Making the Internet Safer for The African Child – Africa Week of Action For COP (#AWA4COP)
Making the Internet Safer for The African Child – Africa Week of Action For COP (#AWA4COP)
2 years ago
Press Releases
By: Admin

Making the Internet Safer for The African Child – Africa Week of Action For COP (#AWA4COP)

The third edition of the African Telecommunication Union (ATU) and Child Online Africa (COA) Africa Week of Action for Child Online Protection (AWA4COP) is here. Running under the theme: Making the Internet Safer for the African Child, it will focus on creating awareness among African countries on how stakeholders could contribute to making the Internet better for ALL. This is intended to run for 4 years to enable ATU/COA explore all available opportunities to thoroughly engage stakeholders across board to contribute and guarantee that the African child’s well-being is safeguarded both online and offline. This week of action running from today 6th through to the 11th of June 2022 will be climaxed with the Day of the African Child organized by the African Union.

The Child Online Protection (COP) Initiative is a multi-stakeholder network launched by the International Telecommunication Union (a specialized agency of the United Nations responsible for all matters related to information and communication technologies) It brings together children, parents and educators, as well as stakeholders in the ICT industry and policymakers, to create a safe and empowering online experience for children and young people around the world.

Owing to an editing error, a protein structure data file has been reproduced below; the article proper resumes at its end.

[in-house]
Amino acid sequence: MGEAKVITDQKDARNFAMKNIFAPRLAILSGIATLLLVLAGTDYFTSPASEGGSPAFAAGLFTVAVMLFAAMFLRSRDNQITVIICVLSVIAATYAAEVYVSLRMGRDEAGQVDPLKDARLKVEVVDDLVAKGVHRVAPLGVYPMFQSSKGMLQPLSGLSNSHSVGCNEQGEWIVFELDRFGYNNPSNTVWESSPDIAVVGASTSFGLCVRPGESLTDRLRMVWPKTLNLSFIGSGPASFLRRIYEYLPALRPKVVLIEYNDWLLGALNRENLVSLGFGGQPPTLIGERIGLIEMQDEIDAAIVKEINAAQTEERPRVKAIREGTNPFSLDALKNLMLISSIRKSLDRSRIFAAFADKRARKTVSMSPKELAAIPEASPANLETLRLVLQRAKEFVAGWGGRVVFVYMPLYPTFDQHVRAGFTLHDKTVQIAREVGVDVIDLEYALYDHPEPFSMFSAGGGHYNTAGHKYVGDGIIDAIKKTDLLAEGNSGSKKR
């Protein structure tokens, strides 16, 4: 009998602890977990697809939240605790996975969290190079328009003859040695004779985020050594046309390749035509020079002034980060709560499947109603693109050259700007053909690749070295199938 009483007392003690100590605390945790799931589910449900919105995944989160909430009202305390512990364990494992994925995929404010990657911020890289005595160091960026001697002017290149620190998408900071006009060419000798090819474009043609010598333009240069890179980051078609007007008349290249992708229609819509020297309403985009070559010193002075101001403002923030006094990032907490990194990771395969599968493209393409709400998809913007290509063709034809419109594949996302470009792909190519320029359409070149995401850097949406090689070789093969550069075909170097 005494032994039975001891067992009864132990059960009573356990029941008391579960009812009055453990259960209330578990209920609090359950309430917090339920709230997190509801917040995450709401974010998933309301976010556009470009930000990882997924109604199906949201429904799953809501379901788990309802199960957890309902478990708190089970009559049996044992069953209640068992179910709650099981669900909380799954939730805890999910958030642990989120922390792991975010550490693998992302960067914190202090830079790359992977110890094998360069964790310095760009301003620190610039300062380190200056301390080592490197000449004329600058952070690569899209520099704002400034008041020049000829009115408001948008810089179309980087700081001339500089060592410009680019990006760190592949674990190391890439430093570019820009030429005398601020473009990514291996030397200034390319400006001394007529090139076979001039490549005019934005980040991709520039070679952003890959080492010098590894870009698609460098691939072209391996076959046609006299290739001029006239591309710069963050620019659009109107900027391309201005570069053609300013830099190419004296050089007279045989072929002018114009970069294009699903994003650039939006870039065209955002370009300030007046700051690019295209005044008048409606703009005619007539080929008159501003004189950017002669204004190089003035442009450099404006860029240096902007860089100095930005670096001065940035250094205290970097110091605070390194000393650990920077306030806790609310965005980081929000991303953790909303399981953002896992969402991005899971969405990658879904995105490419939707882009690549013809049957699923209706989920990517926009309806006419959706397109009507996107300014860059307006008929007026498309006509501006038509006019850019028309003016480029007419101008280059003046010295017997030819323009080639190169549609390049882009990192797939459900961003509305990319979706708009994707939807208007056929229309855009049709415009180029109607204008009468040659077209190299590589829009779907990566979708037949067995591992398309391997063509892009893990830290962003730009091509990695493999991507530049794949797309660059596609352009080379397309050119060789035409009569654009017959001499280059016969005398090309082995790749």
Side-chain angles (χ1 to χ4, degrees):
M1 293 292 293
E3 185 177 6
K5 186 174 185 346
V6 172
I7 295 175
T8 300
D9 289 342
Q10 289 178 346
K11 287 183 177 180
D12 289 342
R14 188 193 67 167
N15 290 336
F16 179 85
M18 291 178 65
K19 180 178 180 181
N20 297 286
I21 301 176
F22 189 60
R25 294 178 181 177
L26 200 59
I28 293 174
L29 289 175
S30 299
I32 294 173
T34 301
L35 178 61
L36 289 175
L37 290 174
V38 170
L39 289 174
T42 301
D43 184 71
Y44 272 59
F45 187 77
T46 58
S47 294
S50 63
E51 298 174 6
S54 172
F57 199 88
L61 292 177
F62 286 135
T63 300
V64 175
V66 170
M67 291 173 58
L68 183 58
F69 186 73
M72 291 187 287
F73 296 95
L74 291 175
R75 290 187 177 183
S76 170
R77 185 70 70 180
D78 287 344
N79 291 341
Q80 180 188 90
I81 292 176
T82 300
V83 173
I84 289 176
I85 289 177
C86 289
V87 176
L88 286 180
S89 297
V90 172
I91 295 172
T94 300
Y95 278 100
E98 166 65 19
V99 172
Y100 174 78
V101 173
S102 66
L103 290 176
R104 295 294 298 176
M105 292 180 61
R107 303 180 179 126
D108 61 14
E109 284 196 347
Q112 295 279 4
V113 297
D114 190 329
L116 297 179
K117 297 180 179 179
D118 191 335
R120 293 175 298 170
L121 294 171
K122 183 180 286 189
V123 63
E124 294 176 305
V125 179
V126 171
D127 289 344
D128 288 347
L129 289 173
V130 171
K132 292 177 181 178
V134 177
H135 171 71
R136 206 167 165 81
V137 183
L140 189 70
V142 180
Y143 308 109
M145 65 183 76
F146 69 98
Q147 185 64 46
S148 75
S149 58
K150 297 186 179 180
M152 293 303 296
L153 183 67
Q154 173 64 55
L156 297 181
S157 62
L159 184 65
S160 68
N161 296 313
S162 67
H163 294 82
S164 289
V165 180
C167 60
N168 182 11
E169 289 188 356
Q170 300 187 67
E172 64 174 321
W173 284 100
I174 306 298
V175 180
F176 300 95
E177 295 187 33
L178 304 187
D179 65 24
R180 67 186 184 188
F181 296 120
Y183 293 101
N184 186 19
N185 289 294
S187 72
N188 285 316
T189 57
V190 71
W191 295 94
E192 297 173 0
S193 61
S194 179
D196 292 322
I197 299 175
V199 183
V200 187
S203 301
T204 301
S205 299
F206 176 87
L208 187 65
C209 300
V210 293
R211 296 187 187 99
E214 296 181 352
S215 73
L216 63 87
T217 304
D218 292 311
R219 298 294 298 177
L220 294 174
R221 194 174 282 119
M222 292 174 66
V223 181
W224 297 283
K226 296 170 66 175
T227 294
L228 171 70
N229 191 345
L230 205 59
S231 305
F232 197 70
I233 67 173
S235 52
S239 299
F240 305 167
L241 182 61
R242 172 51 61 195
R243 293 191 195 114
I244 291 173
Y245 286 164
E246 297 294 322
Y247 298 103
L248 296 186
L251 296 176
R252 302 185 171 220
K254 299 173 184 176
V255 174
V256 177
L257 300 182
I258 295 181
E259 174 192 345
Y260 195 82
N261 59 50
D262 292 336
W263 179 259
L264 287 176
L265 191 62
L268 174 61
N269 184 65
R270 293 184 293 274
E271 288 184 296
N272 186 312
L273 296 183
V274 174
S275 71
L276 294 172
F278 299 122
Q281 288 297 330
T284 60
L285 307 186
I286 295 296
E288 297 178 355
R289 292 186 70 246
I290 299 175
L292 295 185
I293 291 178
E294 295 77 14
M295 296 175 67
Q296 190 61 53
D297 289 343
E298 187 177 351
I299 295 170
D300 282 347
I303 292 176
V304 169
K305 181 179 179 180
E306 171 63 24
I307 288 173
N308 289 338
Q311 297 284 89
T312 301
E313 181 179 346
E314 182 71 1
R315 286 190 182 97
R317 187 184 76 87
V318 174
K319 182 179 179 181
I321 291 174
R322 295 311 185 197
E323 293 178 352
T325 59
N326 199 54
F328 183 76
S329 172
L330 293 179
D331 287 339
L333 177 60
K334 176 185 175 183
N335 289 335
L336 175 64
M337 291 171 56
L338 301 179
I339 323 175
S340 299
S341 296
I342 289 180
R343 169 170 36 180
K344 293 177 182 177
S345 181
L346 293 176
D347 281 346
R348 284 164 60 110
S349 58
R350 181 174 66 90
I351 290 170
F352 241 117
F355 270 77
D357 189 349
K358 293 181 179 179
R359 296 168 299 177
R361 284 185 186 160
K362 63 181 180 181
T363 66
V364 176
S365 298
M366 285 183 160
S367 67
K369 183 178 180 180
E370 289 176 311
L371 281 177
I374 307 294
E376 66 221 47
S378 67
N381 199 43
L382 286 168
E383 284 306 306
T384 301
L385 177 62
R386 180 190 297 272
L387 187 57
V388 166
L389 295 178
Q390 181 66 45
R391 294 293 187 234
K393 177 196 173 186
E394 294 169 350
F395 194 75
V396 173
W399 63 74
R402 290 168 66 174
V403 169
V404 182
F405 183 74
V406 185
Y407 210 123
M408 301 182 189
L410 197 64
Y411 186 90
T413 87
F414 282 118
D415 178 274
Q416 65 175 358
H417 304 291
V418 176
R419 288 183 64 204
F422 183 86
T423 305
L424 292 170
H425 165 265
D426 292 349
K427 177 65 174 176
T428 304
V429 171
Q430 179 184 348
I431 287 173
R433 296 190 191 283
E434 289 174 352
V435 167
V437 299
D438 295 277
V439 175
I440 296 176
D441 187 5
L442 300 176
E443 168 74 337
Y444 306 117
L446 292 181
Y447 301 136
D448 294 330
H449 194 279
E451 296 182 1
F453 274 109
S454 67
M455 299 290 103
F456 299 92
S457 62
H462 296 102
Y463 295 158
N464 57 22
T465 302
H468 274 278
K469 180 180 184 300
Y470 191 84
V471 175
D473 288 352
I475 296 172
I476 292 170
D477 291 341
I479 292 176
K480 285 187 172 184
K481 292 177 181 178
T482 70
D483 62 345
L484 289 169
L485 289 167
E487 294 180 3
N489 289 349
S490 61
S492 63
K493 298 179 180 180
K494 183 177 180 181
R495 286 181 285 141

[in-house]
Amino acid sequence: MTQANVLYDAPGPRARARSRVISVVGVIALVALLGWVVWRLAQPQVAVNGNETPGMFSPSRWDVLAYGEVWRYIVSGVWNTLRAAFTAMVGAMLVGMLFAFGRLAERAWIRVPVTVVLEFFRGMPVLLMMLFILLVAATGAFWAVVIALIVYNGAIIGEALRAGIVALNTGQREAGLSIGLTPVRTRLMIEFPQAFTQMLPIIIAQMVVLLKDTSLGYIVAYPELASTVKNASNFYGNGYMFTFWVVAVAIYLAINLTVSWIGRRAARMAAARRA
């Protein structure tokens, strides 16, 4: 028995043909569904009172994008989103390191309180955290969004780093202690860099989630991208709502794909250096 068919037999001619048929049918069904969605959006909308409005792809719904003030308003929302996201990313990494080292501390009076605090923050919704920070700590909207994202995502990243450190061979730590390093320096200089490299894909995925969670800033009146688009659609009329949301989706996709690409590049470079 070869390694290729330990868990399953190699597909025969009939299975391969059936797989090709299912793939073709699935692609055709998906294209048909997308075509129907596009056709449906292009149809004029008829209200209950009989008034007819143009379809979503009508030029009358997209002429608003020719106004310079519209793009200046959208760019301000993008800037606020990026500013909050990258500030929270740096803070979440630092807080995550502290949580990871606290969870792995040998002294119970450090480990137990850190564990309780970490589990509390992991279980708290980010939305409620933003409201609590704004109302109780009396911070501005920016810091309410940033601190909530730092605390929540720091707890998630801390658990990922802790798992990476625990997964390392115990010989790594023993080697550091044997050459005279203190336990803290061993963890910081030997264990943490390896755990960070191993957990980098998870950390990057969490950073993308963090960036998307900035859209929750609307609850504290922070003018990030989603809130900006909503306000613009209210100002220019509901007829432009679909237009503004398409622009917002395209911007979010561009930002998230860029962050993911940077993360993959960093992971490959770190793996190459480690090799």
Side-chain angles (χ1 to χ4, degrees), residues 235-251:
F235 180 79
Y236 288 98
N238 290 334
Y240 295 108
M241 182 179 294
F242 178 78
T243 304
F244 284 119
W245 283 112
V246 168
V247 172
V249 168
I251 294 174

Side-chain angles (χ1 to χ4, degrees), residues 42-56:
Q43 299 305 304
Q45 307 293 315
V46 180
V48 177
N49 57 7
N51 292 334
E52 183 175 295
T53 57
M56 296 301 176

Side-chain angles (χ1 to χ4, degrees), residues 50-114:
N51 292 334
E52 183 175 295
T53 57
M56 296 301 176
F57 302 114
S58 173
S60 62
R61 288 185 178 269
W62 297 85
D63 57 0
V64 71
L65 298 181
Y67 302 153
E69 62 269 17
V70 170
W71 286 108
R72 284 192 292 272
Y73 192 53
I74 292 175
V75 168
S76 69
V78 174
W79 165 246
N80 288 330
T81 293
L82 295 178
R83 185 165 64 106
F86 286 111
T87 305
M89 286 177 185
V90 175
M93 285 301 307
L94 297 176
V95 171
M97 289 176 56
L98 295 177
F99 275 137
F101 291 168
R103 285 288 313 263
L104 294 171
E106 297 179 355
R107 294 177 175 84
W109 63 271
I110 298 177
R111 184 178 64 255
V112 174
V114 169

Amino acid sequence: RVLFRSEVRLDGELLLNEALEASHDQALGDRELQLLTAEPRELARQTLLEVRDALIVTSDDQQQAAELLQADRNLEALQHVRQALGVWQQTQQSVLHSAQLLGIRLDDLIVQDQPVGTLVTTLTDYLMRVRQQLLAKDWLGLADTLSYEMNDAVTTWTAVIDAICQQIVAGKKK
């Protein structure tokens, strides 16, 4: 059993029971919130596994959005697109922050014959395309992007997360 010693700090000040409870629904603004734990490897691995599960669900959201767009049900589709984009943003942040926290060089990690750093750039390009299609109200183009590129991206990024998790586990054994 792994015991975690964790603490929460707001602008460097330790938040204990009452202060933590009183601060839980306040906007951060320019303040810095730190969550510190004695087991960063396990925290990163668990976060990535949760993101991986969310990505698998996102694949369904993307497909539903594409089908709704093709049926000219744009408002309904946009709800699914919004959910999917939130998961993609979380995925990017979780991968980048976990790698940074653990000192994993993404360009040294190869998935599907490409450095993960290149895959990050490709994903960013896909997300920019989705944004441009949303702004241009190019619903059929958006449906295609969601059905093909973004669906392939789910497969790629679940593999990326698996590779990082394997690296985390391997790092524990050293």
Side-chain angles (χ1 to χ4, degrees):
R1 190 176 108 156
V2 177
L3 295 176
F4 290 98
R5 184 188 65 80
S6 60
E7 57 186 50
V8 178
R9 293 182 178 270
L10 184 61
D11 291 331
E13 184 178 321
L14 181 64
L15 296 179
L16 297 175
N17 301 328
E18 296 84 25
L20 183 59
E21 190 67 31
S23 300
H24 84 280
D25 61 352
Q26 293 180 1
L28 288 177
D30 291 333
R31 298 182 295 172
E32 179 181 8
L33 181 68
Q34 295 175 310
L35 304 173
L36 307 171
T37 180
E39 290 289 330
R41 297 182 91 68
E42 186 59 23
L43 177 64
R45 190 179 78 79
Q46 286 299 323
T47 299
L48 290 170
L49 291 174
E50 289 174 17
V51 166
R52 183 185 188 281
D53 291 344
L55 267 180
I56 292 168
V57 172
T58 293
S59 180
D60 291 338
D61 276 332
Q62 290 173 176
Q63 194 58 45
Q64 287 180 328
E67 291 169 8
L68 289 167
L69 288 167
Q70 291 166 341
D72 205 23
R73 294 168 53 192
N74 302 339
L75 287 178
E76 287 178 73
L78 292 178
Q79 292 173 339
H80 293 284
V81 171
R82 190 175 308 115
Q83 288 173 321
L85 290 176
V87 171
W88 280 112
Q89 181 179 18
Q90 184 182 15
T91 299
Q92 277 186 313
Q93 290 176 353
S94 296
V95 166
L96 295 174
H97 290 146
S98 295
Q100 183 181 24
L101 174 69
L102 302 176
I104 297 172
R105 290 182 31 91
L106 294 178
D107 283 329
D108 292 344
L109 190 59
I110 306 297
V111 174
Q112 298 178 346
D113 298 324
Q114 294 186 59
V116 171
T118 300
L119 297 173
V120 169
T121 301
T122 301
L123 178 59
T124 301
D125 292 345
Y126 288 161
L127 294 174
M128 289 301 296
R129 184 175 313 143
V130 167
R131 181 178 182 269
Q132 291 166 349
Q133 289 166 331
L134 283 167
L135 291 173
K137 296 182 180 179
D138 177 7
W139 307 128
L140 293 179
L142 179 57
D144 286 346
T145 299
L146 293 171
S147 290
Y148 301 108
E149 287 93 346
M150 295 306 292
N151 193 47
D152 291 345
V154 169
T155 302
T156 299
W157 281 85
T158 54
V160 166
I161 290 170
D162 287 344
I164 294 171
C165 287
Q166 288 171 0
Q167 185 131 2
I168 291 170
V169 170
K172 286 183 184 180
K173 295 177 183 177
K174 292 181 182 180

As we prepare to observe the Day of the Africa Child (#DAC2022) the African Telecommunications Union, Child Online Africa and partners deem it necessary to bring the attention of all the need to mainstream digital safety in offline programmes while discussing strategies to make the Internet Safer for African children. Numerous reports such as this example show the abuse of the African child is on the rise: “One of my friends had a friend on Facebook and asked her to [snap a] naked [picture of] herself and send [it] to him. Because she did not do [what he asked], he ended up videoing himself and sent her a nude video. Because she blocked [him] . . . he ended up writing bad things about her on Facebook and photoshopped her picture on a nude form. (Jessica)”- World Vision International 2020.

As enshrined in the Aspiration 7 of the Agenda 2040, we as Africans have a duty of care to protect, provide and empower the African Child to participate in the Digital environment without being subjected to any form of abuse.

For this year’s edition therefore, Child Online Africa and African Telecommunication Union are urging African countries to take a second look at the Aspiration 7 of the Agenda 2040:” Every child is protected against violence, exploitation, neglect and abuse.” with a special focus on virtual abuse while acting on Child Online Protection Guidelines as a solid foundation on which Governments can develop inclusive, multi-stakeholder national strategies for online child protection.

We call on every stakeholder in addition to last year’s recommendations to join the speed race of the world to educate young people about the potential harms of the online world. A race to keep predators away from our children. It is the race of care to ensure regulations are aligned with the threat; that as they allow for evolutions and revolutions in technology they safeguard the rights of every digital citizen.

Together we can make the African Child Benefit from technology which is free from harm.